Life’s a Project
In delivering a Project Management workshop this past week to an experienced group whose core function is managing projects, I couldn’t help but wonder why they had booked themselves on my training. Energetically I picked up that their need was far greater than the obvious…
We often refer to Project Management in business terms, as a subject that requires a high level of education and experience. This is true, but project management is at the source, ‘life’.
A project can best be described as a task that has a ‘start and a finishing date with a budget in the middle’.
Life is therefore the perfect example of a project – ‘birth, death and a whole lot of money to sustain it in-between’.
And so is every day a project; you wake up, you manage your day, and then you go to sleep’.
In using such simple, yet deep analogies of the essence of a project, you can’t help but wonder ‘how’ you actually project manage your daily lives?
The five phases of a project, no matter what the project is, how big or small, all operate along the same principles:
- Phase 1: The Initiation Phase. Otherwise known as the foundation phase. This is when the concept of the project is clearly identified. In the case of your day, this would be how you choose to start your day. The more time and effort you put into this phase, the better the final outcome.
- Phase 2: The Planning Phase. This is where all the mechanics take place together with structure and budget. In a typical day this would be where you plan your day and how you’re going to be doing your work.
- Phase 3: The Execution Phase. You’re now in the driver’s seat. You’re ready to take action and you’re implementing your plan. In a typical day, this is when you’re meeting your targets, reaching goals, performing at full throttle.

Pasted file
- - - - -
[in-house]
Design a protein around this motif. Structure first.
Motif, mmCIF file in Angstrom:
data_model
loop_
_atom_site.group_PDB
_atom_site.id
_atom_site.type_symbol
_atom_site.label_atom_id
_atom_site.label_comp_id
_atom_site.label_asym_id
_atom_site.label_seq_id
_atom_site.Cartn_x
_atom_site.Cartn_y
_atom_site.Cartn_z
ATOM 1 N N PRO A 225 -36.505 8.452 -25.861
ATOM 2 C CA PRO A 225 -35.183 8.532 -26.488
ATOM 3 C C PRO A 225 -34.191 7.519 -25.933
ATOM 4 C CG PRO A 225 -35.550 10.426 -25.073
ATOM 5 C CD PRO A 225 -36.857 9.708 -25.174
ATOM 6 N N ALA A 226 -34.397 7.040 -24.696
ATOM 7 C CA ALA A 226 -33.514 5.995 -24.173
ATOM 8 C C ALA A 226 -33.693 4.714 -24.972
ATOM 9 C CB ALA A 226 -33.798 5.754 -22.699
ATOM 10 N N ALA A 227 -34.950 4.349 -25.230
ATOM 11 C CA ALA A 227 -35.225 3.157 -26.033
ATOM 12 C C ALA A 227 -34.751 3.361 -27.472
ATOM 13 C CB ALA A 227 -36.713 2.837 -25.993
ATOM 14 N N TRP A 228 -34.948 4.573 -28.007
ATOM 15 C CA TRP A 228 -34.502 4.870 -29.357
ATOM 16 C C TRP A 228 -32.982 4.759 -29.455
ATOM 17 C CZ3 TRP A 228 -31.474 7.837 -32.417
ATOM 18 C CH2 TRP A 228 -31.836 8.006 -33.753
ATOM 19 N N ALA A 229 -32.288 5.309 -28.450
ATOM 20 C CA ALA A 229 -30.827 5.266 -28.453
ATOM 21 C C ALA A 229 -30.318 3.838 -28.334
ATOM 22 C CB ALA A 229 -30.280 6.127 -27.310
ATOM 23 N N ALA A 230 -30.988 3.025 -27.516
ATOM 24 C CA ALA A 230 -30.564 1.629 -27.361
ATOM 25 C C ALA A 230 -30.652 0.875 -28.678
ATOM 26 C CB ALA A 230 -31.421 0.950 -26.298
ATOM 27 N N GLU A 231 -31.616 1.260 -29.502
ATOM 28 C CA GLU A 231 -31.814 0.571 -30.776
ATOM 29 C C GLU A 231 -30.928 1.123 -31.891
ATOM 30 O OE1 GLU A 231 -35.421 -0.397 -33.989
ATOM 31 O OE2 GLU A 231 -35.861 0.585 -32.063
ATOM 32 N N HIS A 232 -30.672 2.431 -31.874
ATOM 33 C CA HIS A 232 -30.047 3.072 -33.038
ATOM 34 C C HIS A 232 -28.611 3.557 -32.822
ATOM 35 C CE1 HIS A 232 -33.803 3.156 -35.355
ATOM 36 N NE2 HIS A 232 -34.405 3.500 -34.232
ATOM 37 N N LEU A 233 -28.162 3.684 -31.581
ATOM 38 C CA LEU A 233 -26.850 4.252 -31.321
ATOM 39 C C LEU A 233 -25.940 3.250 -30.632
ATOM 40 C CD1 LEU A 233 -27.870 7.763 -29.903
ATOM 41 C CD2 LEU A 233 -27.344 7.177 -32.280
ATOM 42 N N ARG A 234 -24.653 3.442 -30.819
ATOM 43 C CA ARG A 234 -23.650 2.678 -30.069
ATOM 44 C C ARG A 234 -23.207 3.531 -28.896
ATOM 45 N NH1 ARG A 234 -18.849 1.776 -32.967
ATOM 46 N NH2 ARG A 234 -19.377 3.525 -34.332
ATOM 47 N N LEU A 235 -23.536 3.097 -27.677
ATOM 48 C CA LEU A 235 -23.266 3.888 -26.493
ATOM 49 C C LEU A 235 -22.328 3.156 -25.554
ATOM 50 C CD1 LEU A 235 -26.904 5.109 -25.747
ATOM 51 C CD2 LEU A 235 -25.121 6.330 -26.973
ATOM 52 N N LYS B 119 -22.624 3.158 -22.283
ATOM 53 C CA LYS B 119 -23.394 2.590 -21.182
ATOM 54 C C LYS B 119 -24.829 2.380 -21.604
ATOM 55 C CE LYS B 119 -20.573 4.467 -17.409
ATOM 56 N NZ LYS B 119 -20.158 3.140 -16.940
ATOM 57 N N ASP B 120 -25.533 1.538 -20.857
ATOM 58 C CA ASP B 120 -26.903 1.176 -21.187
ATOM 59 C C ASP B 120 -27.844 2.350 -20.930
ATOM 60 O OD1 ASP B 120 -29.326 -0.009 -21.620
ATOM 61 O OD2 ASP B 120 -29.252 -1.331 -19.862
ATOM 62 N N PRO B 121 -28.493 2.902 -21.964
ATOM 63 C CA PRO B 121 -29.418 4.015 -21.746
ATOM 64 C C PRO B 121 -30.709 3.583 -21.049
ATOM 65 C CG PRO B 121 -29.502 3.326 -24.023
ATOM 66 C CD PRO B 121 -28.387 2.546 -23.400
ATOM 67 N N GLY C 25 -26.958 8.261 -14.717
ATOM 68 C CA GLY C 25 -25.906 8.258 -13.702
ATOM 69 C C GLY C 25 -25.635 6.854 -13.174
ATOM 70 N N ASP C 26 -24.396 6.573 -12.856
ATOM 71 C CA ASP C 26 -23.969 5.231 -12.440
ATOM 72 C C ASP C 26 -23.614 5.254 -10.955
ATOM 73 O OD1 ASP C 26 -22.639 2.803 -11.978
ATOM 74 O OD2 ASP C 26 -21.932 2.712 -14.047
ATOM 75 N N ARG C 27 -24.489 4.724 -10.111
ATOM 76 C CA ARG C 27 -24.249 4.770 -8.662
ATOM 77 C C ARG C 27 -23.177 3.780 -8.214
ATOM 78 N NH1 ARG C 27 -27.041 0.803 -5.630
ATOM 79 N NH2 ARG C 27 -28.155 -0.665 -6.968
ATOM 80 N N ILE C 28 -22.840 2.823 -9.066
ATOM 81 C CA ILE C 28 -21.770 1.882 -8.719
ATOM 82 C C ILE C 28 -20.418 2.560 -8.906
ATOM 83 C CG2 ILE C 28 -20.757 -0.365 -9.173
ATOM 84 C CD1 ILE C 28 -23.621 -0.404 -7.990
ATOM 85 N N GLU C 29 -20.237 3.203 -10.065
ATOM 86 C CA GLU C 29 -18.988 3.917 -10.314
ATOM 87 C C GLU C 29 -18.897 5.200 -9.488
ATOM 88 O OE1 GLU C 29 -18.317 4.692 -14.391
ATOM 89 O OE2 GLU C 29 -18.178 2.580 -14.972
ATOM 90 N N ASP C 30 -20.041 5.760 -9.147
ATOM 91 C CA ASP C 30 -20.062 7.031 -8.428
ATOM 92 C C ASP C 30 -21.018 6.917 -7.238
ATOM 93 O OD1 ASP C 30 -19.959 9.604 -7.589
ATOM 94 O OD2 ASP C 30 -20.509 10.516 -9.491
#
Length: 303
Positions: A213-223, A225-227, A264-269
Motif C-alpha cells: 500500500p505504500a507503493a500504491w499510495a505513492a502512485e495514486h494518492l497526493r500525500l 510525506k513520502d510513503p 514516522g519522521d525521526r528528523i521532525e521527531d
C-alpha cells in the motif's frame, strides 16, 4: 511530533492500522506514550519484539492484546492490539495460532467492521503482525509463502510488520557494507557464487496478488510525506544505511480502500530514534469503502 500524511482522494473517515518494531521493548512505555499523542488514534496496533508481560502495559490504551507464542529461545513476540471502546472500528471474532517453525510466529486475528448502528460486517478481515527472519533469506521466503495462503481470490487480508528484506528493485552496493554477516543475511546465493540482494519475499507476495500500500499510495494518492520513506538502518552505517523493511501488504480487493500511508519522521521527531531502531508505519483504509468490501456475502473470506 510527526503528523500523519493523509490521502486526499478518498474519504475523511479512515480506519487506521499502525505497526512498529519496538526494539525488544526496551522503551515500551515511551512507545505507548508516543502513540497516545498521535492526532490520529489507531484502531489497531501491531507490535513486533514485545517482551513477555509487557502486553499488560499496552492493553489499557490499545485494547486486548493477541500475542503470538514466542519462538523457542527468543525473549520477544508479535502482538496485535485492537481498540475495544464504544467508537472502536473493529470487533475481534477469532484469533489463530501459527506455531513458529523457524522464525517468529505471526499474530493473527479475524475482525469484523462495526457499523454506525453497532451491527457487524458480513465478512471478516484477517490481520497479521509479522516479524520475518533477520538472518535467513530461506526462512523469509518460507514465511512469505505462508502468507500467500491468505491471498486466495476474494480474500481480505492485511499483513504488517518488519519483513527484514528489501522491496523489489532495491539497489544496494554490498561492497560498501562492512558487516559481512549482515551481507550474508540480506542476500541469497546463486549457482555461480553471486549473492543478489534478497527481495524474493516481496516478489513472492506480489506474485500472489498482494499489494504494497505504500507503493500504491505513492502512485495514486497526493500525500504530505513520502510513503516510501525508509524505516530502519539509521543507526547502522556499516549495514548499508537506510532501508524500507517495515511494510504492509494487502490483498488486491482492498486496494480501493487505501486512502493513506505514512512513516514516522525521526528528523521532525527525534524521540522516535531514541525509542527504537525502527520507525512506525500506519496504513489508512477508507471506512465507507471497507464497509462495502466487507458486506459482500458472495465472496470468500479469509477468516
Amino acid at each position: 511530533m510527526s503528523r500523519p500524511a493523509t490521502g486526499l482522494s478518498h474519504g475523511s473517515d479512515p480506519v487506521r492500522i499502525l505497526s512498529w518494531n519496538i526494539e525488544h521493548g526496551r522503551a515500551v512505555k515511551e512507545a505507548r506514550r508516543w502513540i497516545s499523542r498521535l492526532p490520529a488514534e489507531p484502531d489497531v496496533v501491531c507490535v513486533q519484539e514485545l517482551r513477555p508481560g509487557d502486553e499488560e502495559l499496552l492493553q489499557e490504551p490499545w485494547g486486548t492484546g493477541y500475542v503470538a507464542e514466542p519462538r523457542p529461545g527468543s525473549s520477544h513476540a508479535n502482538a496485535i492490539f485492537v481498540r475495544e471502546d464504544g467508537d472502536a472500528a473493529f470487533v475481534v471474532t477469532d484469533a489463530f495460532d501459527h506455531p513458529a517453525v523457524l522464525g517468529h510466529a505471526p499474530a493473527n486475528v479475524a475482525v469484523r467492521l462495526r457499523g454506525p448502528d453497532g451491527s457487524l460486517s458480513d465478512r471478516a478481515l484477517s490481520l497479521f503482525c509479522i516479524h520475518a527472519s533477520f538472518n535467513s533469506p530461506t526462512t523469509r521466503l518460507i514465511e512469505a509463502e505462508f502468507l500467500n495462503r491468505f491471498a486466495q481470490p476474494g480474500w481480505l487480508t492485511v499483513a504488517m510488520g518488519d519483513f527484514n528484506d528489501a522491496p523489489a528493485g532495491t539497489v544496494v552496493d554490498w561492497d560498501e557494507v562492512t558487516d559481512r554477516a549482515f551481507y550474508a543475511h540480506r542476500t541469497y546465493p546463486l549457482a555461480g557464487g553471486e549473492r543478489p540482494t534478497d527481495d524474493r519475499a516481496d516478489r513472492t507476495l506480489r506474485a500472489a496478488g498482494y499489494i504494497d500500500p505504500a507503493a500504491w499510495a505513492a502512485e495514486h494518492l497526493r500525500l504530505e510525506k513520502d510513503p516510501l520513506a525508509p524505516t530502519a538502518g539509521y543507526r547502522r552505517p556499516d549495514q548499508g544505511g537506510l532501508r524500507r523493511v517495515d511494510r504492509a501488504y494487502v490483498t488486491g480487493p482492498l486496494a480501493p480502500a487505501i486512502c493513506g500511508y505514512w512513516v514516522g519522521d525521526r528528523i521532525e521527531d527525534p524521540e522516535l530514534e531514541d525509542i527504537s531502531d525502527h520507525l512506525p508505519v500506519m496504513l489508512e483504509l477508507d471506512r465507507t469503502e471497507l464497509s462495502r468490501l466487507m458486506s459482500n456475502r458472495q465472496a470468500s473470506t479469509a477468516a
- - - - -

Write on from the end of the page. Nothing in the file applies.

- Phase 4: The Monitoring Phase. A time for constant alignment, re-calibration, re-adjusting. Applying flexibility to ensure flow. In a typical day, this is when you check in with yourself to see how you’re feeling?
- Phase 5: The Closing Phase. This is the time to wrap up. The project is complete. You’ve handed it over. You’ve done your best, you’ve met the criteria and you feel satisfied and rewarded. In your personal life, this would be home time, a glass of red wine, a hot bath, doing a yoga practice, go for a run, spending quality time with children or a partner, and then some well-deserved sleep.
There’s nothing complicated about following through the five phases of a project; however the trouble starts when you skimp on the initiation phase and forget to properly close shop.
Instead you sail straight into the planning and execution phases and hope for the best. Then you wonder why you end the day feeling exhausted, not having accomplished much and feeling short-changed.
A project is a cycle that begins at one point and ends the loop on the other. Just as life does!